Sollom Emlyn (27 December 1697 – 28 June 1754) was an Irish legal writer.
Emlyn was the second son of Thomas Emlyn. He was born at Dublin, where his father was at the time settled, on 27 December 1697. He studied law, entered as a student at Leiden University 17 Sept. 1714, became a member of Lincoln's Inn, and rose to be of great reputation as a chamber counsel. Emlyn was anxious for reforms of the law, and very forcibly pointed out the defects in the system as then practised. He remarked in 1730 on the ‘tediousness and delays’ of civil suits, ‘the exorbitant fees to counsel, whereto the costs recovered bear no proportion,’ the overgreat ‘nicety of special pleadings,’ the scandal of the ecclesiastical courts. In criminal law he objected to the forced unanimity of the jury, the Latin record of the proceedings, the refusal of counsel to those charged with felony, the practice of pressing to death obstinately mute prisoners, capital punishment for trifling offences, ‘the oppressions and extortions of gaolers,’ and generally the bad management of gaols.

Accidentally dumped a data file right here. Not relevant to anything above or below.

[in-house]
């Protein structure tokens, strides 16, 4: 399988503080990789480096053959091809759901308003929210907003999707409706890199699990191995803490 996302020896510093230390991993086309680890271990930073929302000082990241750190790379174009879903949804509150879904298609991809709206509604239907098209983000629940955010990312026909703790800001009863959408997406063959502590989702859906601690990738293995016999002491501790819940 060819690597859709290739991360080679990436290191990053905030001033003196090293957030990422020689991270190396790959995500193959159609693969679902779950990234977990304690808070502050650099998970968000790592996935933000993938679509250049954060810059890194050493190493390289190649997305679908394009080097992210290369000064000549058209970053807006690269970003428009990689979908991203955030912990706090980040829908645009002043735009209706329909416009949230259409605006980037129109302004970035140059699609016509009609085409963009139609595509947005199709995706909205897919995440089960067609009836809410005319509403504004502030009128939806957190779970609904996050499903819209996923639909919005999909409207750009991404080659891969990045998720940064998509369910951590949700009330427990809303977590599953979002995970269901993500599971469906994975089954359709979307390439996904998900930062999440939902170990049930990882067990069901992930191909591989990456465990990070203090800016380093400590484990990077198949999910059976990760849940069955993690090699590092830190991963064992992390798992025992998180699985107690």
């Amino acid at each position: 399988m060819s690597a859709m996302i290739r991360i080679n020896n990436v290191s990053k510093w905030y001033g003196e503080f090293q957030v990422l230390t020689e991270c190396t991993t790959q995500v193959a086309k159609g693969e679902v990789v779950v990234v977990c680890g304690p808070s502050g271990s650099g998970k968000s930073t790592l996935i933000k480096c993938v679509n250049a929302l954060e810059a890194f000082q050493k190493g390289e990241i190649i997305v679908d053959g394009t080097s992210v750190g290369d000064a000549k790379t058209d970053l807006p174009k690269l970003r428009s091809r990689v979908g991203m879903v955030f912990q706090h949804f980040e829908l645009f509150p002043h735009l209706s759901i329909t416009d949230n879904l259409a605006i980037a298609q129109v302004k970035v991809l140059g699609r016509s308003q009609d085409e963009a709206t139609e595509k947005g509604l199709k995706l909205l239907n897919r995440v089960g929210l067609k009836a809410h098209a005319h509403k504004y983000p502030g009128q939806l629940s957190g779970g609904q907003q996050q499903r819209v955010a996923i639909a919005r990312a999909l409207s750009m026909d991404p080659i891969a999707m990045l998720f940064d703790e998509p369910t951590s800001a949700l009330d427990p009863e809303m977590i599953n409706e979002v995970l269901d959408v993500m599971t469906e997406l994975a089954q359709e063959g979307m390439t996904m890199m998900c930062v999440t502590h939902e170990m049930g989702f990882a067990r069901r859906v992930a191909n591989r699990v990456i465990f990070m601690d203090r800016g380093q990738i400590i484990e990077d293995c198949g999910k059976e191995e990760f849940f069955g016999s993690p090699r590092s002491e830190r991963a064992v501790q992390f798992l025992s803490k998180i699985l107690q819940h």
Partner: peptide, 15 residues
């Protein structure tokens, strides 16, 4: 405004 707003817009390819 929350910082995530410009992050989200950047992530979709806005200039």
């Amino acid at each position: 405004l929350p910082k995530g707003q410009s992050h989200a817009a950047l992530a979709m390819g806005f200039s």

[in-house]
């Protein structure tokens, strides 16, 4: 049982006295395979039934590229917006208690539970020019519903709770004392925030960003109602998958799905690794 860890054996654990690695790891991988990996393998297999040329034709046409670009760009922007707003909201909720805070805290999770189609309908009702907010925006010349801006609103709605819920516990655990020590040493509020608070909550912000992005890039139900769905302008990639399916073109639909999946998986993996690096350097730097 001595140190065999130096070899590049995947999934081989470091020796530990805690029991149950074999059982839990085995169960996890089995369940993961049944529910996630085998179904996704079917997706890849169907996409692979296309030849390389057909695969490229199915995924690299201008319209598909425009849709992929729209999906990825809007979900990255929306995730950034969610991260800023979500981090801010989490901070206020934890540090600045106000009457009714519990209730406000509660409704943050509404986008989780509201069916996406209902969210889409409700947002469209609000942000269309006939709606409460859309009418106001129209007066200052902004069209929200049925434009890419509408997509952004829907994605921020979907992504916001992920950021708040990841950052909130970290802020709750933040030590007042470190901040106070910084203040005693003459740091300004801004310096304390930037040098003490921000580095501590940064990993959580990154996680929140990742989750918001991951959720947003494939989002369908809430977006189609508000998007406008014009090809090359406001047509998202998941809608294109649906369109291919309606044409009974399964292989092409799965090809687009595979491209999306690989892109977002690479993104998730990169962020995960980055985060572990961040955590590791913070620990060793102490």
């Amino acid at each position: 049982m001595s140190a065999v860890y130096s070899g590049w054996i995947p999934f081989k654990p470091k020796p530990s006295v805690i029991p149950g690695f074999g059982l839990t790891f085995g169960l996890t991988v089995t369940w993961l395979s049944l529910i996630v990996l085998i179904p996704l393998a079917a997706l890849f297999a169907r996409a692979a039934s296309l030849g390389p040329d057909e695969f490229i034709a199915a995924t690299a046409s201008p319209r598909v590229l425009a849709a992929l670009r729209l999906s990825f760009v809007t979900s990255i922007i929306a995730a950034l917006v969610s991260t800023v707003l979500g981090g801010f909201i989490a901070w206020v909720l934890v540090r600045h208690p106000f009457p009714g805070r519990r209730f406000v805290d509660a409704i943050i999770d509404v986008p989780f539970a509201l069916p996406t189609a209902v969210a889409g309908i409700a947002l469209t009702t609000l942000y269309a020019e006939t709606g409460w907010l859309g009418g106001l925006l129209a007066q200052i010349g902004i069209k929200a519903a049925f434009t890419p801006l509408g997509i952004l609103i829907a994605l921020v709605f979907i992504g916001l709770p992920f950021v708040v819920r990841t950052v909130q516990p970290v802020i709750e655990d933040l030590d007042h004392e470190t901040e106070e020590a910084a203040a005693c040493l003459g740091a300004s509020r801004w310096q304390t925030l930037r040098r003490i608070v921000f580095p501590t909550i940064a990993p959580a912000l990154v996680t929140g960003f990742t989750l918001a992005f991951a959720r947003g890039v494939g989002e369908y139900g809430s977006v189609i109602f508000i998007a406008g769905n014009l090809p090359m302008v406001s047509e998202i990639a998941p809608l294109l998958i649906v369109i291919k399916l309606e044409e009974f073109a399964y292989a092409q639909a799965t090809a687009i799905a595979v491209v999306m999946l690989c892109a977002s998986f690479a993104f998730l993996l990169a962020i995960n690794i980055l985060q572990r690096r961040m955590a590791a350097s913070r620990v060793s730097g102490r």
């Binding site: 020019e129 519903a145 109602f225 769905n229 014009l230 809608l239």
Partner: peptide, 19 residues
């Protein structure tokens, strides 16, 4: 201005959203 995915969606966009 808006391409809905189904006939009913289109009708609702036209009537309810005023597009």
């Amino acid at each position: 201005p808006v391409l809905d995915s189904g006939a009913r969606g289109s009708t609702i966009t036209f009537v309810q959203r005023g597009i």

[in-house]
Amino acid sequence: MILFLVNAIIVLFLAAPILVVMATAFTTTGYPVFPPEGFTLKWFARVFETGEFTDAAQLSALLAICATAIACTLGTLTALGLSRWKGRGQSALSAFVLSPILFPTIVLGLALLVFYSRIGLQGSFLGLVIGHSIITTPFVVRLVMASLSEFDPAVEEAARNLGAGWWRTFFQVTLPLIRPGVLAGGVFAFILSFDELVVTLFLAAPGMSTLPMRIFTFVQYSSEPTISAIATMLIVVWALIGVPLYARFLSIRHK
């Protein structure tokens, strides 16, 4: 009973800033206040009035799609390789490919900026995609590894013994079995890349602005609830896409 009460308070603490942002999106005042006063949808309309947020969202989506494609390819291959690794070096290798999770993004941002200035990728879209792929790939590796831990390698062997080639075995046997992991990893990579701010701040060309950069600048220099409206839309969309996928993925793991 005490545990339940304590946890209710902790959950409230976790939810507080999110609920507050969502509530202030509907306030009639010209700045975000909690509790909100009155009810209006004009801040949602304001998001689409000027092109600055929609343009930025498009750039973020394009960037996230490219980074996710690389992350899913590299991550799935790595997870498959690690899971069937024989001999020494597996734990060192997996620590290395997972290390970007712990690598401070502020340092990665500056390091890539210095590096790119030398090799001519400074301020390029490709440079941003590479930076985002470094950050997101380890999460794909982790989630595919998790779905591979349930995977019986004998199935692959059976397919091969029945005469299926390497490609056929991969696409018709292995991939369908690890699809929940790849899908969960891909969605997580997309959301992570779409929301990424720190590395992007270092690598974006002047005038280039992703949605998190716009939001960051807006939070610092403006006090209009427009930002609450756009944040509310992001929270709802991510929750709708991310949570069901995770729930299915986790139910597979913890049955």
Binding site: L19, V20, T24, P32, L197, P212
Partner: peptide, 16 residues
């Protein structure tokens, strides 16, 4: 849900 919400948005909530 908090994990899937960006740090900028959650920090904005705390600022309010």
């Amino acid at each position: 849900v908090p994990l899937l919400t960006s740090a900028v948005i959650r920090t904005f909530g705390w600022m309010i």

Emlyn died 28 June 1754. He was interred in Bunhill Fields burying-ground, where there is an inscription to his memory. He married on 10 November 1729 Mary, daughter of Rev. William Woodhouse, by whom he had two sons: Thomas, a chancery barrister, who died in 1796; and Sollom (d. 1744).
- (ed.) Sir Matthew Hale's History of the Pleas of the Crown, 1736.
- Queries relating to Elizabeth Canning's Case, with Answers, 1754.
- (ed.) State Trials, 2nd ed., printed with a preface in six volumes folio in 1730
- (ed.) Works of Thomas Evelyn, with a prefatory biography (4th ed. 3 vols. 1746).
- Preface to State Trials.